When it comes to the best places to live in the world, many Canadian cities rank high on the liveability index. However, if we are to be measured by the performance of our vaccine rollout, our scores are among the lowest in the world and considered by many to be a national embarrassment. The incidence of COVID-19 is still surging in this country with life and death consequences so onerous that making political hay out of vaccine access would be further insult to injury.
There are many reasons to account for the fact that as of April 23rd, only 21.84% of Canadians received one of the two dose vaccines currently approved – Pfizer, Moderna, Astra Zeneca and COVESHEILD.
To better understand the gloominess of our vaccine story it helps to know that Canada lacks the capacity to make vaccines and has not even negotiated the right to manufacture them on our own soil. According to a member of Canada’s Vaccine Task Force – the group advising the Canadian government on acquiring doses for domestic use, the lack of manufacturing capacity is the result of a “hollowing out” of Canada’s biopharma industry over the past quarter century. This is simply frightening because there is every reason to believe that this pandemic will not be the last.
Our dependency on vaccine supply means that Canada and Canadians are waiting in line for shipments from the various manufacturers and let us just say that we are not up at the head of the list. Nor can we do much about delays, shortages or contract defaults. It does help to have good neighbours and we can thank the Biden administration for sending over more than one million AstraZeneca doses.
Like the rest of the world, vaccine hesitancy is another obstacle to assuring that our population of just over 37 million is fully immunized. Poor management of communications, particularly about the safety of the Astra Zeneca vaccine has caused anxiety along with confusion about who the AZ vaccine should be given to. Health is a provincial jurisdiction and public health agencies have the authority to set the age eligibility criteria which has come to look like a roller coaster when it comes to the AZ vaccine. It is now available to individuals aged 30 and over in some jurisdictions. Sadly, Canada reported its first fatality of a 54-year-old female patient from a blood clot and several other patients with thrombosis have been hospitalized.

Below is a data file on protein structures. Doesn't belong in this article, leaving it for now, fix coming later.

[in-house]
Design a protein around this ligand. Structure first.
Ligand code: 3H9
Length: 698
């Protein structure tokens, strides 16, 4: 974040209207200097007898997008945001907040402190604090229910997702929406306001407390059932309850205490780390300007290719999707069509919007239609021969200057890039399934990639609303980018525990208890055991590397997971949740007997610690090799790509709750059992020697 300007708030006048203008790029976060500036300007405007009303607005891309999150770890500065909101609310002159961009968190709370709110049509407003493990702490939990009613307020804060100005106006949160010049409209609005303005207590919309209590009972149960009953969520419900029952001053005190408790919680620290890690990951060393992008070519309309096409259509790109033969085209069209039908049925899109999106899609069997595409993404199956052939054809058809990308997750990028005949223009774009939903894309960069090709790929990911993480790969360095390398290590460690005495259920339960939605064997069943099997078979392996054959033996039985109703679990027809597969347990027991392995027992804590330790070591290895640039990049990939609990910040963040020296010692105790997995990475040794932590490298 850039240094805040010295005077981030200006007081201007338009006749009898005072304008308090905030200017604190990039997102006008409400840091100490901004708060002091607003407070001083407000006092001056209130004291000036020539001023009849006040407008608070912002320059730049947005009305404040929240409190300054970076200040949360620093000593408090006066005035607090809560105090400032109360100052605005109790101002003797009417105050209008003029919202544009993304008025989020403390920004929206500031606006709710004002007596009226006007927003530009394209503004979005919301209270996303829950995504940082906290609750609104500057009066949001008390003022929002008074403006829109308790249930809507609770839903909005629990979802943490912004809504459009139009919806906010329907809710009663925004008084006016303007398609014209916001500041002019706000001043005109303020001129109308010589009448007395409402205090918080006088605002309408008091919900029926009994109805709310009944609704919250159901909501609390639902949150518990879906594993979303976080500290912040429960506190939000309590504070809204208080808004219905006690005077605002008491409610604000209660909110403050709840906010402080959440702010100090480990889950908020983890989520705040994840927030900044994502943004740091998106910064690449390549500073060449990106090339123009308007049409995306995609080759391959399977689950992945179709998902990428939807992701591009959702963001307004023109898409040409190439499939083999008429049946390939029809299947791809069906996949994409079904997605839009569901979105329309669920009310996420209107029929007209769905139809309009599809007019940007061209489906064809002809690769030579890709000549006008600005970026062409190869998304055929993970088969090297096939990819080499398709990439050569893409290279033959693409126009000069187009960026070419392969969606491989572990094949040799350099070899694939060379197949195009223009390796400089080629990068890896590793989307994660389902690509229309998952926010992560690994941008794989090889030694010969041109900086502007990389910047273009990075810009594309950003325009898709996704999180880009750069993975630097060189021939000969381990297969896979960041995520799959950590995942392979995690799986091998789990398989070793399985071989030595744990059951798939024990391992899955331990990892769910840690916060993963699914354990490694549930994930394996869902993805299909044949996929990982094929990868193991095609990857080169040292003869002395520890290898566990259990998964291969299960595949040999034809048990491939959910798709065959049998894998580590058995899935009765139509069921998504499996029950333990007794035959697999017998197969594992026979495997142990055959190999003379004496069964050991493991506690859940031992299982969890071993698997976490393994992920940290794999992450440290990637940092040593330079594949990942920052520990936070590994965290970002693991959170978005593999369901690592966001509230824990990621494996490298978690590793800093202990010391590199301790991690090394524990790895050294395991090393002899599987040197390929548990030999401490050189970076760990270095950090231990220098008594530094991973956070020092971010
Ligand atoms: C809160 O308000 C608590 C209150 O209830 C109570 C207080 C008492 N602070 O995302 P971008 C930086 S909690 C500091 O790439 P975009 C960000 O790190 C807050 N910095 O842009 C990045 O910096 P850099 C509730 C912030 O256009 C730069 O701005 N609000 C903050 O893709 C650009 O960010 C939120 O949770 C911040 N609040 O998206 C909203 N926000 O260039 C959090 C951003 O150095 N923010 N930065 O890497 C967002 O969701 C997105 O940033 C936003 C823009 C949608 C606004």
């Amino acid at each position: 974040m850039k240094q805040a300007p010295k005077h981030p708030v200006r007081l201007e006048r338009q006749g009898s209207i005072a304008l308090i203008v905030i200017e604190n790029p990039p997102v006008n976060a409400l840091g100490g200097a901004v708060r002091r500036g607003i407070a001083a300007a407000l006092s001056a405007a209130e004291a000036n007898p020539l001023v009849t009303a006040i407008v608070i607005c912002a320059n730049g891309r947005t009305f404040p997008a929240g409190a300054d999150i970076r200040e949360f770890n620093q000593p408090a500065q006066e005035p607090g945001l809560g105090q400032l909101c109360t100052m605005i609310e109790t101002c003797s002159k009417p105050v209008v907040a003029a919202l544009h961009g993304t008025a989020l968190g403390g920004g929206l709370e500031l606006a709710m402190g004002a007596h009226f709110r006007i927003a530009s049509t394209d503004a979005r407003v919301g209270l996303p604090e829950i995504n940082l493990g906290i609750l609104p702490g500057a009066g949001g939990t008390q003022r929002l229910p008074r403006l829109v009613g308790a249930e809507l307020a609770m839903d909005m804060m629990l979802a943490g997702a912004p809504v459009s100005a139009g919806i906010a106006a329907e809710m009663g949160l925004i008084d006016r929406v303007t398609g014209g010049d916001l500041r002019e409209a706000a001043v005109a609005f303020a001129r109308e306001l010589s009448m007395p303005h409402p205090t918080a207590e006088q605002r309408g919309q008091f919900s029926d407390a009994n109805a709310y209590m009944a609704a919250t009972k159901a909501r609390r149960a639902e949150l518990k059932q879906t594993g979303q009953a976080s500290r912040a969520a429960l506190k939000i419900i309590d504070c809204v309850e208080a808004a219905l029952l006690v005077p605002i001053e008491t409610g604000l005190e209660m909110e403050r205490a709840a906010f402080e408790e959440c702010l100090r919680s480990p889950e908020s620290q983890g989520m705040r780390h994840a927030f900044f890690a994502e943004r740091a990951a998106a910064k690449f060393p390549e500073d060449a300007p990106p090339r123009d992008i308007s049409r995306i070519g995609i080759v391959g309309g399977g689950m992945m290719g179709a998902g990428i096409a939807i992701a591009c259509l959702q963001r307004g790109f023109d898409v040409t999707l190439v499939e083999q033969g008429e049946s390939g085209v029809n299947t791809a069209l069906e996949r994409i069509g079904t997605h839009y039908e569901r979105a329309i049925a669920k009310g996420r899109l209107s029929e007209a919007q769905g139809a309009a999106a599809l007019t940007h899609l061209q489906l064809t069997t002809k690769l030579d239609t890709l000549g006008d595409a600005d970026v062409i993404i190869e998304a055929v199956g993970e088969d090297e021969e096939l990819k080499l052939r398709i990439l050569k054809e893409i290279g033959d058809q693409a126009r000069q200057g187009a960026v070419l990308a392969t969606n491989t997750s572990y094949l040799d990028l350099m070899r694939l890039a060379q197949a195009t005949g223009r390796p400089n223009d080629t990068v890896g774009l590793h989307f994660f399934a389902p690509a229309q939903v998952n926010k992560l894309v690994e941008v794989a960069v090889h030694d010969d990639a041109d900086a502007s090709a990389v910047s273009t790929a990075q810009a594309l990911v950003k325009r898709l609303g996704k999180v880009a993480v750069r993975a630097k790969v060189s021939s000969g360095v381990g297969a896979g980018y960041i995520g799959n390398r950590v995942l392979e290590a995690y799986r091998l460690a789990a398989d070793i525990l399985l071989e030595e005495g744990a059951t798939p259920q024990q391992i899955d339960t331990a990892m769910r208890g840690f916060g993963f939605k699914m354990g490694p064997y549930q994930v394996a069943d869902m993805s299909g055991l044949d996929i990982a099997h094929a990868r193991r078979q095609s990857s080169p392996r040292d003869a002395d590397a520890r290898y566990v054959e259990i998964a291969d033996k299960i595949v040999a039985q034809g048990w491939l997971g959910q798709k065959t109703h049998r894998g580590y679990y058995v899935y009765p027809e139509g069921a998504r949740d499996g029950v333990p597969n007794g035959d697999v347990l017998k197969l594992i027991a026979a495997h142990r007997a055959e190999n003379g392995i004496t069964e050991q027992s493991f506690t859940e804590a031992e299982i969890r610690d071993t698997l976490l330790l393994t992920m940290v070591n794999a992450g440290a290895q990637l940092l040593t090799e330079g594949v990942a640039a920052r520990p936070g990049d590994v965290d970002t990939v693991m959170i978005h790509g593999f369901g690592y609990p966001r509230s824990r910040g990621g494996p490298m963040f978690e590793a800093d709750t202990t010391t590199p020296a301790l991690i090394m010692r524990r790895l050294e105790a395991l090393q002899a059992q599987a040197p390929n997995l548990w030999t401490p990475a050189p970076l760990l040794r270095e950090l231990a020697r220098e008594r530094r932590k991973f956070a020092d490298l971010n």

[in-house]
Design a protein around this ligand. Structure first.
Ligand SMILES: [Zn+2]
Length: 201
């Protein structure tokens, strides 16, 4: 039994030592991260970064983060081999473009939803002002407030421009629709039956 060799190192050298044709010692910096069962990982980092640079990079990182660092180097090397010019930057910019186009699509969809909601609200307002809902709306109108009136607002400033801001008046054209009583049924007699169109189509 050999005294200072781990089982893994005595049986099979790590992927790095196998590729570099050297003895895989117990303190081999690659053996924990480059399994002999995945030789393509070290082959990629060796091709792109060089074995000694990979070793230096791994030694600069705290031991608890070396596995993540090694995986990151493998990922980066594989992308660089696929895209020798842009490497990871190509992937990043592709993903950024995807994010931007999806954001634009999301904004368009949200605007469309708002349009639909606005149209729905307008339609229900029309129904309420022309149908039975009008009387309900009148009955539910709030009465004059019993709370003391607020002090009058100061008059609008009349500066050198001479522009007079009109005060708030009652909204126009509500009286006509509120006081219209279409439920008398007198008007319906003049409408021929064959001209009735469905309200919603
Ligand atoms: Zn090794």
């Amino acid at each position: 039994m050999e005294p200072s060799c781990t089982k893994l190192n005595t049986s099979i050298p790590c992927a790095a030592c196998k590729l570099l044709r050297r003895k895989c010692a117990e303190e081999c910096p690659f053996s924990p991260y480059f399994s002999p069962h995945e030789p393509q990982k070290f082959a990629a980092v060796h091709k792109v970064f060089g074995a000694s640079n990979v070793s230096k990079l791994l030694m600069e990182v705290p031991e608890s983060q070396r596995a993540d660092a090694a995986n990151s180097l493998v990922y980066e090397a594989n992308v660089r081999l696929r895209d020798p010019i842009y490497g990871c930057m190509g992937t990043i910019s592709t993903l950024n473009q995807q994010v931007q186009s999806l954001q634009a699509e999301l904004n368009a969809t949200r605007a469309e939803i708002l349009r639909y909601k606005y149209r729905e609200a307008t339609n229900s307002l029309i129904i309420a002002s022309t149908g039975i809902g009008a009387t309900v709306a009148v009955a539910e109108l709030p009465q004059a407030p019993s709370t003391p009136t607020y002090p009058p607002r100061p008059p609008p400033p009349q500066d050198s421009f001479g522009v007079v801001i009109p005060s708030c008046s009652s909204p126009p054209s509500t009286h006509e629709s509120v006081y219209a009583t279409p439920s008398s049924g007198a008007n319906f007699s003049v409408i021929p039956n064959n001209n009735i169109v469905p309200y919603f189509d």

Although the label and indication for the Pfizer and Moderna vaccines had intervals of between 21 and 28 days respectively based on Phase 3 safety and efficacy data, a gap of four months between doses is commonplace. The decision to extend the timeframe was made to vaccinate as many people as possible while waiting for more supply. So when it comes to being fully vaccinated, fewer than one million Canadians have received two doses. I received my first dose in March and am scheduled for the second on June 24.
Other contributing factors to the slow vaccine rollout and uptake might be blamed on the systems set up for vaccine appointments, logistics and seemingly poor judgement overall. Seniors 85 and older were first on the list but had limited capacity to book appointments online. Many were physically unable to travel to vaccination sites or unaware they even qualified for the vaccine.
While Prime Minister Trudeau’s originally predicted that all Canadians who want a vaccine will have one by September, it appears to be a moving target. According to an unnamedofficial, there couldbe enough supply to vaccinate everyone with one dose by the summer. For skeptics like myself, these vagaries bring me little comfort.
Hope lies in new vaccines being added to the mix, suppliers meeting their commitments and ordinary folks continuing to stay safe by wearing masks, staying physically distanced, washing their hands, and staying home if they feel sick.
As we mark World Immunization Week and as a professional communicator who gets to spend her days thinking of new ways to use communications to educate inform and empower, I am so proud to join my colleagues and friends in GLOBALHealthPR in adding our voices and efforts to ensuring equal access to vaccines. If the global pandemic has taught us anything, it is to appreciate how small the world is, how our destinies can became joined in breakneck speed, how competitors can become colleagues and how resilient we are.